Racial Analysis Suggests Philly Police Still Stop Pedestrians Based on Race

May 23, 2017
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PHILADELPHIA – In the ongoing monitoring process to enforce a 2011 consent decree, an expert analysis filed today in federal court indicates that police officers in Philadelphia continue to stop and frisk some pedestrians based on race. The new filing, which was submitted by attorneys for the plaintiffs, supplements a report filed on May 2 but, unlike the previous report, specifically analyzes the available data on the race of pedestrians who are stopped and frisked by officers of the Philadelphia Police Department (PPD).

“We recognize that the city, under the leadership of Mayor Kenney and Commissioner Ross, has shown improvement, as stops have decreased and legal justification for those stops has increased,” said Mary Catherine Roper, deputy legal director of the American Civil Liberties Union of Pennsylvania. “But improvement is not the goal. The goal is to treat people fairly and to respect people’s constitutional rights.

“This newest report suggests that some people in Philadelphia are still facing unfair treatment because of their race.”

The earlier filing indicated that 77 percent of people stopped in the last six months of 2016 were Black or Latino while Black and Latino people make up just over half of the city’s general population. The new analysis disputes the city’s claim that this disparity in stops can be explained by the demographics and crime rates of neighborhoods where stops occur. While stops of Black people are roughly equivalent to their percentage of the population in police service areas (PSA) with near-100 percent Black populations, pedestrian stops of people of color do not decrease proportionate to their decrease in population in areas across the city. In other words, stops of Black people remain high, even as their representation in the population of a neighborhood drops.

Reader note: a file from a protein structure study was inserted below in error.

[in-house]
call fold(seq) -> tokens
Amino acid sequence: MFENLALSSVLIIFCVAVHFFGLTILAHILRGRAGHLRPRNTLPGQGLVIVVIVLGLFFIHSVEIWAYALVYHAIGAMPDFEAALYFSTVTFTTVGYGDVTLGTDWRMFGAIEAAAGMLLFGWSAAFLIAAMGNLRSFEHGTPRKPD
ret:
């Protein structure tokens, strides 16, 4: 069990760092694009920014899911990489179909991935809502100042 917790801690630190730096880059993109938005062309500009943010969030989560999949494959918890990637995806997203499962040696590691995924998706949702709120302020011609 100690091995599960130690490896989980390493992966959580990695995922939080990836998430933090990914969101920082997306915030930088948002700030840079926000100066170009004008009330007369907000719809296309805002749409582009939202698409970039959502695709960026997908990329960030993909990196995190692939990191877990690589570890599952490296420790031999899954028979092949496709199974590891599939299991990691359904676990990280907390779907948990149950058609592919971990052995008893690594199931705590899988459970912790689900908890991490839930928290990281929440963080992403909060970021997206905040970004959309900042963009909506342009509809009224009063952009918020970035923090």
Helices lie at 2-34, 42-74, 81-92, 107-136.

In addition, the data in the new expert report shows that Black pedestrians are far more likely to be stopped in neighborhoods with a low crime rate and a low percentage of Black residents, deflating the city’s argument that the high rate of stops of people of color is increased by stops that occur in neighborhoods where more crime occurs.

“This report shows a continuing pattern of significant racial disparities in stops and frisks in Philadelphia that are not explained by non-racial factors such as crime rates or police deployment,” said David Rudovsky of Kairys, Rudovsky, Messing & Feinberg, on behalf of the plaintiffs. “Racial justice must be more than a goal. It is the hallmark of fair policing and the requirement of the consent decree.

“We urge the police department to take the steps necessary to ensure equal protection under the law.”

The plaintiffs filed a similar racial analysis for 2015, and the report for 2016 shows very little change. While some police service areas showed improvement, others had even greater disparities in 2016 than in 2015.

With reports now filed by both the plaintiffs and the city, the next step in the monitoring process will be a meeting between the parties, to be scheduled by the court.

The plaintiffs are represented by David Rudovsky, Paul Messing, and Susan Lin of Kairys, Rudovsky, Messing & Feinberg LLP; Mary Catherine Roper of the ACLU of Pennsylvania; and Seth Kreimer, a law professor at the University of Pennsylvania School of Law.

A summary and the entirety of today’s report are available at www.aclupa.org/bailey, along with additional documents related to the litigation.

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